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We’ve heard tell of the Steam controller‘s ins and outs (and ups and downs and lefts and rights and Bs and As and starts) from many a developer, but still skepticism reigns. And with good reason: Valve’s haptics-powered Franken-pad is kinda bonkers. But now, at the very least, we can see – with eyes or echolocation – how it functions moment-to-moment. Go below to see it power through Portal 2, Civilization V, Counter-Strike: Global Offensive, and Papers Please.
Portal 2 wasn’t nearly as messed-up as it could have been. I loved it, and still pop in now and again to enjoy the physics and writing, but I always wish they’d went further and curly-wurlied the gravity and surroundings. Every time a room was fixed in front of me, I wished the same tech was used to just turn everything upside down, inside out, or that it would twist the testing chambers into odd, broken configurations. I am a very needy person. With that in mind, I’m interested in this Greenlight begging puzzle game, Tri. A FPS puzzle game where you drag out triangular walkways to cross the world. (more…)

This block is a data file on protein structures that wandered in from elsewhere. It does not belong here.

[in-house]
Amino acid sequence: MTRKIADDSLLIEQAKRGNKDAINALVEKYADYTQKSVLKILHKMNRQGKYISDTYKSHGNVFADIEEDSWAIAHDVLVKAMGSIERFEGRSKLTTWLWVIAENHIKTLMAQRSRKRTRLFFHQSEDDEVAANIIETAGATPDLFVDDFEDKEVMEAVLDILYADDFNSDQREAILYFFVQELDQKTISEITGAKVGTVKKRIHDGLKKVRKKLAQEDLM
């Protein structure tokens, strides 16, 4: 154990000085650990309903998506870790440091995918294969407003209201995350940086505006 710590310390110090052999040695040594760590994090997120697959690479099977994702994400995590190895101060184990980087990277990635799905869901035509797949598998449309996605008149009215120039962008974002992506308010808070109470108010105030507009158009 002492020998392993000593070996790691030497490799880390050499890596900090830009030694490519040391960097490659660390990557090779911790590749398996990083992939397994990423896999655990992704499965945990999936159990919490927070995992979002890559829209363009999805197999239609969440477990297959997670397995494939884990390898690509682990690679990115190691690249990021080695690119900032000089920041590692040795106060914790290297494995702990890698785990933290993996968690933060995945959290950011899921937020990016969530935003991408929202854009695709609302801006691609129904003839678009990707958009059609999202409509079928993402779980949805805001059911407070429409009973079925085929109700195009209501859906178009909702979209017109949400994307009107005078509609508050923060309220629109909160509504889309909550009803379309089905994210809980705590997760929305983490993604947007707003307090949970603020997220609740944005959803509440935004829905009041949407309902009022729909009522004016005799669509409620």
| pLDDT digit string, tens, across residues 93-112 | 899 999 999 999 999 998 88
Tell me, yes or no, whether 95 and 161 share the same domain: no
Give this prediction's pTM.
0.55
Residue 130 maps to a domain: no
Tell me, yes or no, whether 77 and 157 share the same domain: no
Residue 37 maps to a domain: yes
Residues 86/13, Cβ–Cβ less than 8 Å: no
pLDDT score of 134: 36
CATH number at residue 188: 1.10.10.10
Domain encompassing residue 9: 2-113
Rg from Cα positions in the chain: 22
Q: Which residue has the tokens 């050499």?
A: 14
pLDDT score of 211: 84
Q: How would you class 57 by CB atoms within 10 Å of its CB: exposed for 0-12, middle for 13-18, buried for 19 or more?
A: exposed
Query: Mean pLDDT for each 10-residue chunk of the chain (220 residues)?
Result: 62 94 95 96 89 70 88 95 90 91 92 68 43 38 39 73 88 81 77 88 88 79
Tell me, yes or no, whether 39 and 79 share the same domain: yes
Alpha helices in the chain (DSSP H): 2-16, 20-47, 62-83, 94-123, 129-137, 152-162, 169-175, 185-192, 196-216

You might remember that DOTA 2 officially launched not too long ago. This may in part be due to the fact that it’s one of the biggest PC games ever>, making it difficult to forget about in the same way that a herd of rhinoceroses just kind of hanging out in your living room would at least spend a fair amount of time in your peripheral vision. It is, of course, already quite good, but Valve plans to continue updating it until the Earth molts away its wriggly organic shell, leaving behind naught but dust and roaches. The first step in that process? A (very) soon-to-be-launched update fittingly titled First Blood. It includes LAN play! Also lots of other things, including Portal’s own wise-cracking cracker of psyches GLaDOS as an announcer. Details below.
Words by Hamish Todd.>
Portal has the best-designed first-person puzzles I’ve ever seen. They’re surprising, focused, and concise. They are also designed very perceptively, and we can learn a lot from looking at this perceptiveness. Read on for an analysis of Portal’s level design, and some lessons about what learning from it can do to improve game design.
BE WARNED: This article uses multiple animated .gif images on the same page, and might be tough to load on slower connections. (more…)